Jay Allison, et al.  --  This I Believe
  • HARRY TRUMAN IN THE SPRING OF 1998, six boys called to me from half a century ago on a distant mountain and I went there.
    James Bradley  --  Flags of Our Fathers
  • His bitter political enemy, Harry Truman, would say when the Senator died: "He and I did not agree on public policy, but he knew where I stood and I knew where he stood.
    John F. Kennedy  --  Profiles in Courage
  • 1 percent—almost six points higher than Eisenhower’s and a whopping 25 points higher than Harry Truman’s.
    Bill O’Reilly and Martin Dugard  --  Killing Kennedy
  • Eighteen months ago, Walker was asked to leave the army after telling a newspaper reporter that Harry Truman and Eleanor Roosevelt were most likely Communists.
    Bill O’Reilly and Martin Dugard  --  Killing Kennedy
  • One visitor, in the fall of 1948, was Harry S. Truman, storming through his legendary reelection campaign.
    James Bradley  --  Flags of Our Fathers
  • Lily Rumfoord shuddered, went on pretending to read the Harry Truman thing.
    Kurt Vonnegut  --  Slaughterhouse-Five
  • And the Treasury Department did not believe in a gradual start: On the following day the three were to meet the new President, Harry Truman, in the White House.
    James Bradley  --  Flags of Our Fathers
  • ’ One of the things Rumfoord had told Lily to get in Boston was a copy of President Harry S. Truman’s announcement to the world that an atomic bomb had been dropped on Hiroshima.
    Kurt Vonnegut  --  Slaughterhouse-Five
  • Doc Bradley, Harry Truman, Rene Gagnon, and Ira Hayes with the Seventh Bond Tour poster.
    James Bradley  --  Flags of Our Fathers
  • At the end of the boys’ meeting with Harry Truman, Treasury Secretary Morgenthau lingered with the new President—just long enough to present him with some dire numbers.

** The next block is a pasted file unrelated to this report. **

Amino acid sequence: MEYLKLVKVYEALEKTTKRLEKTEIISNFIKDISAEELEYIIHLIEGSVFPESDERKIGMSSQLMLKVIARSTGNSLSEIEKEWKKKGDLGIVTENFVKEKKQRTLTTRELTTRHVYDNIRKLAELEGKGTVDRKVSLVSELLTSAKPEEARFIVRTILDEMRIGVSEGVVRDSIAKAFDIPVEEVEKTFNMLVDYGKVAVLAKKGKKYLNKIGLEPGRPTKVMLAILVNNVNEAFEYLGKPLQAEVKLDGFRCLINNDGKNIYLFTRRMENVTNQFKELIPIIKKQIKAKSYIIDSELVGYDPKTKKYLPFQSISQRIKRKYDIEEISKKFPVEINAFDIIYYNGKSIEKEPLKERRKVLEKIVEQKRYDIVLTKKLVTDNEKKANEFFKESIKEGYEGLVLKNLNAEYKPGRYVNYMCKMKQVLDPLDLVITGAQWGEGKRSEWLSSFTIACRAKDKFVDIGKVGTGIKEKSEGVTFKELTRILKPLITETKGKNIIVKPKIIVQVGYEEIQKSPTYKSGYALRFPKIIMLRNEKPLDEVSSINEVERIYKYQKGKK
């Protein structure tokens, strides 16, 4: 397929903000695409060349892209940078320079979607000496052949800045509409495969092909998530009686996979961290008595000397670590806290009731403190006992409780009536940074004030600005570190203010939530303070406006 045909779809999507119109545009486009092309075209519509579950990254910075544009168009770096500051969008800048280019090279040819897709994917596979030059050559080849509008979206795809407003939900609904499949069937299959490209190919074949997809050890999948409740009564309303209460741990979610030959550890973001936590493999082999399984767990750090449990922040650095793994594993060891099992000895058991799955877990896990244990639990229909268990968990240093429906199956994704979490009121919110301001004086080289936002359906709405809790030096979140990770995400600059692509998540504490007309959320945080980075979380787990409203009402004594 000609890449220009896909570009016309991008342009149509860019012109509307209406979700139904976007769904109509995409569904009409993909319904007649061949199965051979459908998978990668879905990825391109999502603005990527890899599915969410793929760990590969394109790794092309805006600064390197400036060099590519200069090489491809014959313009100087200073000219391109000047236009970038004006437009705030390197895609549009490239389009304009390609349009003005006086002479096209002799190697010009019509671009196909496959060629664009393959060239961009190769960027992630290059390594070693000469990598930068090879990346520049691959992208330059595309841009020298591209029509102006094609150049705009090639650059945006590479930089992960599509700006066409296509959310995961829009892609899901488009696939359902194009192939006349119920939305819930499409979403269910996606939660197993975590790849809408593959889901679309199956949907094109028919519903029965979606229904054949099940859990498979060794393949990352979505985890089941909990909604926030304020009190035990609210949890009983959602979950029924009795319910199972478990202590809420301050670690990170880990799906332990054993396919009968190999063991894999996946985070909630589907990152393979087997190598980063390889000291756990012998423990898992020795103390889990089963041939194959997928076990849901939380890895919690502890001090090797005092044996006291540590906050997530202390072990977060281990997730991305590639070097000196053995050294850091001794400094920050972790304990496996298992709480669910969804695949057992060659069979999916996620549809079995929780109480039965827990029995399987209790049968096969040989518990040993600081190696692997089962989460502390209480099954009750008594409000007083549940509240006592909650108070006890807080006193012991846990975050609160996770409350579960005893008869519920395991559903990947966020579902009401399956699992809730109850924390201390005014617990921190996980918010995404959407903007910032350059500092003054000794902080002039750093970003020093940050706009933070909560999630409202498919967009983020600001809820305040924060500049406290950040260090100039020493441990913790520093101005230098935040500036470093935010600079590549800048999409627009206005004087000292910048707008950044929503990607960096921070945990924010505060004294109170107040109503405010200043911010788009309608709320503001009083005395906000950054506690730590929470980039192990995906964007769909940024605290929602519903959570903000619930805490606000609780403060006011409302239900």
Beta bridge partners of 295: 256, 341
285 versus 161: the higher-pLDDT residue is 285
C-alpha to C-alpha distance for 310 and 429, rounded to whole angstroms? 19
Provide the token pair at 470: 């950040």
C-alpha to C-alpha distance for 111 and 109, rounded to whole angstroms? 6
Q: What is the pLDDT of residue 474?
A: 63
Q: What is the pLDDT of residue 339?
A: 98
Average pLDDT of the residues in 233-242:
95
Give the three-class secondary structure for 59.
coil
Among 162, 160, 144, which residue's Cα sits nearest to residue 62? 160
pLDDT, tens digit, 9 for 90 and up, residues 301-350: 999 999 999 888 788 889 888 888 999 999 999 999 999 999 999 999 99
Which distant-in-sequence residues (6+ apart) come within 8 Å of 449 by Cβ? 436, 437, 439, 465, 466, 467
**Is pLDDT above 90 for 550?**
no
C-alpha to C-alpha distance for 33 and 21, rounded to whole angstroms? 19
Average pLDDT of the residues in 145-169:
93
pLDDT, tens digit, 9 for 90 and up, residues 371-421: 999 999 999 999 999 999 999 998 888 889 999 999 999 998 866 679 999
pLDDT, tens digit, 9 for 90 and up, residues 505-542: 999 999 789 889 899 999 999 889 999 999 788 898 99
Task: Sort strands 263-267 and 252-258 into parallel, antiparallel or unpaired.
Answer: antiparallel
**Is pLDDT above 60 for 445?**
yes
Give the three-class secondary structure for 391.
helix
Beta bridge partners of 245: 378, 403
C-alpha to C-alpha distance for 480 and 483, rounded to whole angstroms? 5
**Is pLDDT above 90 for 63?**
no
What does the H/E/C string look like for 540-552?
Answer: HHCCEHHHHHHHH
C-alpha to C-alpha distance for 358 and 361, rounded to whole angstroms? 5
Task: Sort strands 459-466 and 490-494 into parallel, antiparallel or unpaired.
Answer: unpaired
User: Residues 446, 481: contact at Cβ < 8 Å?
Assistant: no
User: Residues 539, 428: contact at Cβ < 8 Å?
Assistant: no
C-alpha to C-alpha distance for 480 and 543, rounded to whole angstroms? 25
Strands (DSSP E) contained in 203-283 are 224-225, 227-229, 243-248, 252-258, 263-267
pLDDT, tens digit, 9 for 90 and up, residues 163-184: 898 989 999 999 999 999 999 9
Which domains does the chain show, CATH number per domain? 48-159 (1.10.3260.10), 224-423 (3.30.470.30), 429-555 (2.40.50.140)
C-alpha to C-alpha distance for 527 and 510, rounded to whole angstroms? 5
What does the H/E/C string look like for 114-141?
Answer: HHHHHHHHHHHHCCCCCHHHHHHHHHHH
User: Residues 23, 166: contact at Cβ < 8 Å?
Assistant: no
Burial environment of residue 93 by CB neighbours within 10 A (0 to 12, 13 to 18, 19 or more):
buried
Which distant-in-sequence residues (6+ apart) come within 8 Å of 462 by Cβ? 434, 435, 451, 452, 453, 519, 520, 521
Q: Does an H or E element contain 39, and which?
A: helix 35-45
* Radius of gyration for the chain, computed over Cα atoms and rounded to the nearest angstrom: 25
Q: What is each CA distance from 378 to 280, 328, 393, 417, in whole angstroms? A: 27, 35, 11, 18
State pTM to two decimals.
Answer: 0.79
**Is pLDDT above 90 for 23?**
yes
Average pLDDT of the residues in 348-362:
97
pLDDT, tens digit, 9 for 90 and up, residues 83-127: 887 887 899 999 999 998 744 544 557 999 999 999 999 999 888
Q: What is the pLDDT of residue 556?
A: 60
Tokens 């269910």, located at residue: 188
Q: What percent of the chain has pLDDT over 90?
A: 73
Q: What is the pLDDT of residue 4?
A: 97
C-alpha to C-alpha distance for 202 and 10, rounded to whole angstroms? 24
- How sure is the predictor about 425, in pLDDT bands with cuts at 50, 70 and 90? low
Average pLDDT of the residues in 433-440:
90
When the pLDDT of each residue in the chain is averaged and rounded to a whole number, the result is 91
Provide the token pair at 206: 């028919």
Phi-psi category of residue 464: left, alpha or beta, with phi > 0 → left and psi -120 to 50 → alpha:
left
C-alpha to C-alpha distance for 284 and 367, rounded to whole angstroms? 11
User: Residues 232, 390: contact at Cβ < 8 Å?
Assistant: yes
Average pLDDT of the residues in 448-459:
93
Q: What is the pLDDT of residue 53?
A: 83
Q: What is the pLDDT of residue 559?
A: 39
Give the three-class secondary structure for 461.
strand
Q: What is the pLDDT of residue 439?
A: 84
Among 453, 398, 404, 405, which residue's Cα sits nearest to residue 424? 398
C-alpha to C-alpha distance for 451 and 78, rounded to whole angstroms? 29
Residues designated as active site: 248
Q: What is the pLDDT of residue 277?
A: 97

James Bradley  --  Flags of Our Fathers
  • And what Harry Truman said, really, was nothing different from the practical, pragmatic attitude of any laboratory scientist or any engineer or any mechanic when he’s not thinking "objectively" in the course of his daily work.
    Robert M. Pirsig  --  Zen and the Art of Motorcycle Maintenance
  • In late July, the Big Three leaders of the Allied nations—Winston Churchill of Great Britain, Harry Truman of the United States, and Josef Stalin of the Soviet Union—met in Potsdam to map out the closure of the Pacific War.
    James Bradley  --  Flags of Our Fathers
  • Critic, journalist, feminist, and novelist REBECCA WEST is perhaps best known for her studies of the Nazi war crimes trials in Nuremberg, for which President Harry Truman called her "the world’s best reporter.
    Jay Allison, et al.  --  This I Believe
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Associated words [difficulty]:   Harry S. Truman [3] , Abraham Lincoln [3] , William Howard Taft [4] , Andrew Johnson [5] , Theodore Roosevelt [5] , Calvin Coolidge [6] , Herbert Hoover [6] , Woodrow Wilson [6] , Warren G. Harding [7] , William McKinley [9]
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Most commonly used in these subjects:   History, Personal Finance, Public Policy & Politics